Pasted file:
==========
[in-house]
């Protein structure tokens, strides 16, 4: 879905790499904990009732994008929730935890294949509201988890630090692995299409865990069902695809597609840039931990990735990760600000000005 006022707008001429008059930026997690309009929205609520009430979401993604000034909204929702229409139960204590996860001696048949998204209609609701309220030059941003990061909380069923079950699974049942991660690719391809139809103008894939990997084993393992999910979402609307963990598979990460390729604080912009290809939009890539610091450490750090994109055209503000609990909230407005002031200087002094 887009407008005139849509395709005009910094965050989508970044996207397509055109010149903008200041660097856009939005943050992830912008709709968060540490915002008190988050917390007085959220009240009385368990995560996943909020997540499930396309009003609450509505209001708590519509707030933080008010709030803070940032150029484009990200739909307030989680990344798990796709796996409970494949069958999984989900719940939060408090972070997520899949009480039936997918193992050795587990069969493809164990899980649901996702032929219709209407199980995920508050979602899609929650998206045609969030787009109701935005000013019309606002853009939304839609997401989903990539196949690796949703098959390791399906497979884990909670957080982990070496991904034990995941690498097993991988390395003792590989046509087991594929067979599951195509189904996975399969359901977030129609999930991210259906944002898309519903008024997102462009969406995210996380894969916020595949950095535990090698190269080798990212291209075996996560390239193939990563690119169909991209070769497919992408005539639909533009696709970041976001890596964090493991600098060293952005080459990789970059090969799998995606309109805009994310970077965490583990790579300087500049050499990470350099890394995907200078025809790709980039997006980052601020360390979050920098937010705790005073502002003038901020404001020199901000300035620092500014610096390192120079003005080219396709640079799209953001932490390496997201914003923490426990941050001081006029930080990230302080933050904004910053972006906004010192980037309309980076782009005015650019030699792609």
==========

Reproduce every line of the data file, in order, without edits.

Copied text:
[in-house]
């Protein structure tokens, strides 16, 4: 879905790499904990009732994008929730935890294949509201988890630090692995299409865990069902695809597609840039931990990735990760600000000005 006022707008001429008059930026997690309009929205609520009430979401993604000034909204929702229409139960204590996860001696048949998204209609609701309220030059941003990061909380069923079950699974049942991660690719391809139809103008894939990997084993393992999910979402609307963990598979990460390729604080912009290809939009890539610091450490750090994109055209503000609990909230407005002031200087002094 887009407008005139849509395709005009910094965050989508970044996207397509055109010149903008200041660097856009939005943050992830912008709709968060540490915002008190988050917390007085959220009240009385368990995560996943909020997540499930396309009003609450509505209001708590519509707030933080008010709030803070940032150029484009990200739909307030989680990344798990796709796996409970494949069958999984989900719940939060408090972070997520899949009480039936997918193992050795587990069969493809164990899980649901996702032929219709209407199980995920508050979602899609929650998206045609969030787009109701935005000013019309606002853009939304839609997401989903990539196949690796949703098959390791399906497979884990909670957080982990070496991904034990995941690498097993991988390395003792590989046509087991594929067979599951195509189904996975399969359901977030129609999930991210259906944002898309519903008024997102462009969406995210996380894969916020595949950095535990090698190269080798990212291209075996996560390239193939990563690119169909991209070769497919992408005539639909533009696709970041976001890596964090493991600098060293952005080459990789970059090969799998995606309109805009994310970077965490583990790579300087500049050499990470350099890394995907200078025809790709980039997006980052601020360390979050920098937010705790005073502002003038901020404001020199901000300035620092500014610096390192120079003005080219396709640079799209953001932490390496997201914003923490426990941050001081006029930080990230302080933050904004910053972006906004010192980037309309980076782009005015650019030699792609």